Dear Drama Observers,
I’ve become very intrigued of late with a concept called “motivated reasoning.” In his book, The Righteous Mind: Why Good People are Divided by Politics and Religion, social psychologist, Jonathan Haidt, notes:
“Psychologists now have file cabinets full of findings on “motivated reasoning,” showing the many tricks people use to reach the conclusions they want to reach… And now that we all have access to search engines on our cell phones, we can pull up a team of supportive scientists for almost any conclusion twenty-four hours a day… Science is a smorgasbord, and Google will guide you to the study that’s right for you.”
They concluded that most of the bizarre and depressing research findings make perfect sense once you see reasoning as having evolved not to help us find truth but to help us engage in arguments, persuasion, and manipulation in the context of discussions with other people. As they put it, “Skilled arguers… are not after the truth but after arguments supporting their views.”
And then this:
In the same way, each individual reasoner is really good at one thing: finding evidence to support the position he or she already holds.
People sometimes argue their positions by saying, “Hey, I’m just telling you the facts.” And that might very well be accurate. But the facts to which they refer are only those that support their previously held conclusions.
Motivated reasoning occurs when you start with a conclusion, cherry pick the facts that support your conclusion, and disregard those that don’t. Having your conclusion now bolstered by facts, you argue your point by saying, “Hey, I’m just telling you the facts.” The chief motivation, it turns out, is not the pursuit of truth but winning the argument.
I would contend that we all do this from time to time, presumably without even realizing we’re doing it. I would also contend that Drama People use motivated reasoning, not by accident, but by intention. Winning, not truth, is the sought-for outcome.
The subtitle of this letter is, “In Relationships and Culture.” I have two illustrations of motivated reasoning, the first one from culture and the other one from relationships.
Within the last week, an event occurred in Washington, D.C. about which you are undoubtedly aware unless you were visiting your winter home on Neptune and couldn’t get Internet service. “Side A” looked at the videos, read the accounts, listened to the interviews, and arrived at Conclusion A. This event was merely the latest example of what they’ve believed all along. And the facts supported it.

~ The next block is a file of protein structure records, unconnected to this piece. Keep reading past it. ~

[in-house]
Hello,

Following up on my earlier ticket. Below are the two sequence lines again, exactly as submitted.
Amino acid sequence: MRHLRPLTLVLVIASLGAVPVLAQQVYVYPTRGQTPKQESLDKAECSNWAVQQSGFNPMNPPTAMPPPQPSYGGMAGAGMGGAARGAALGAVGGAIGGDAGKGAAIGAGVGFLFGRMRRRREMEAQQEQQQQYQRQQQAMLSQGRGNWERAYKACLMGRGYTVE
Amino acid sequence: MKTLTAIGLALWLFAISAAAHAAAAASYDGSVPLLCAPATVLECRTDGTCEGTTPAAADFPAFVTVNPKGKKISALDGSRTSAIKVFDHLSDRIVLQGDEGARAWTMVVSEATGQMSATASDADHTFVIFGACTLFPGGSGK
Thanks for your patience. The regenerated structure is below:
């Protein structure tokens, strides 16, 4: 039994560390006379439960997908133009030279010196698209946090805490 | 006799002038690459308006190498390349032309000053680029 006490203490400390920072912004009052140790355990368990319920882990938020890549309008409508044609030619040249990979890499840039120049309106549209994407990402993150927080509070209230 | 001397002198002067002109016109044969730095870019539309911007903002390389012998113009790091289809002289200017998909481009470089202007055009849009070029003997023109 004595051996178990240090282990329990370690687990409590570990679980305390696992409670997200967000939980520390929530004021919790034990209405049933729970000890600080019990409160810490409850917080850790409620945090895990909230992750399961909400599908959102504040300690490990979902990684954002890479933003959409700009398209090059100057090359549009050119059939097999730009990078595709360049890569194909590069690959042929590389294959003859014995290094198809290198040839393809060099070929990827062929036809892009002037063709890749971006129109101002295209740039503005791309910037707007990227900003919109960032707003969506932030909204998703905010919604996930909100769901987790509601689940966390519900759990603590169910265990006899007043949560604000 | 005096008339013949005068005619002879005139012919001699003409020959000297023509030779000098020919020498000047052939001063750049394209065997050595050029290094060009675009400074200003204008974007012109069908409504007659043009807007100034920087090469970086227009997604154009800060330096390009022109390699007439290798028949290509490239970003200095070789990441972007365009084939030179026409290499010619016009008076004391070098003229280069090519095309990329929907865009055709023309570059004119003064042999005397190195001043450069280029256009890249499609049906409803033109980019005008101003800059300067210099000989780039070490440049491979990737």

Meanwhile, “Side B” looked at the videos, read the accounts, listened to the interviews, and arrived at Conclusion B. This event was merely the latest example of what they’ve believed all along. And the facts supported it.
Not everyone did this to be sure. But the motivated reasoners on both sides loaded their duffle bags with cherry-picked facts and swung those overstuffed bags at the other side hoping to land some decisive blows. I once read that you can’t win arguments with facts alone. I have no doubt that this duffle bag skirmish will continue until another takes its place. So, stand by.
I had a client once whose husband was a Drama Person and was really good at it. In fact, if there were a local Drama Person chapter, he’d be president-for-life. She would sometimes fantasize about getting a T-shirt made with an arrow pointing to the side that read, “I’m With Horse’s Tail.” But she thought better of that. She stayed with him for a number of healthy reasons, I’m convinced. But he didn’t make it easy, his nasty side showing up far too often.
She constantly found herself upset by his offensive ways in which he’d trample over her feelings like the bulls of Pamplona stampeding the crowds. She’d display her upset by expressing hurt on some occasions and anger on others. Many times and in many ways, she tried to get across to this thick-skulled Neanderthal that treating her that way was not OK. He’d stop for a while only to start up again. In other words, he’d repent and repeat.
Somewhere along the way, he convinced himself of an erroneous conclusion: “My wife is overly sensitive.” He then became motivated to look for evidence supporting his conclusion. If she ever teared up after being stung by his verbal barbs, for instance, he’d say, “Oh, I’m sorry. Did I hurt your feelings,” with a tone of sarcastic condescension. The not-so-subtle implication was: “The problem here is not my words but your hypersensitivity. I’m in the right; you’re in the wrong.” He had little interest in the actual truth but had every interest in vindicating his rightness. This would make her want to twist off his head and spit in his neck. But that display of anger on her part would’ve simply reinforced his erroneous conclusion of her hypersensitivity. The Catch 22 expression, “I’m damned if I do and damned if I don’t,” describes just such a situation.
Is it any wonder she fantasized about the aforementioned T-shirt? Are you in such a relationship? I’m taking T-shirt orders… What’s your size?
Till next week.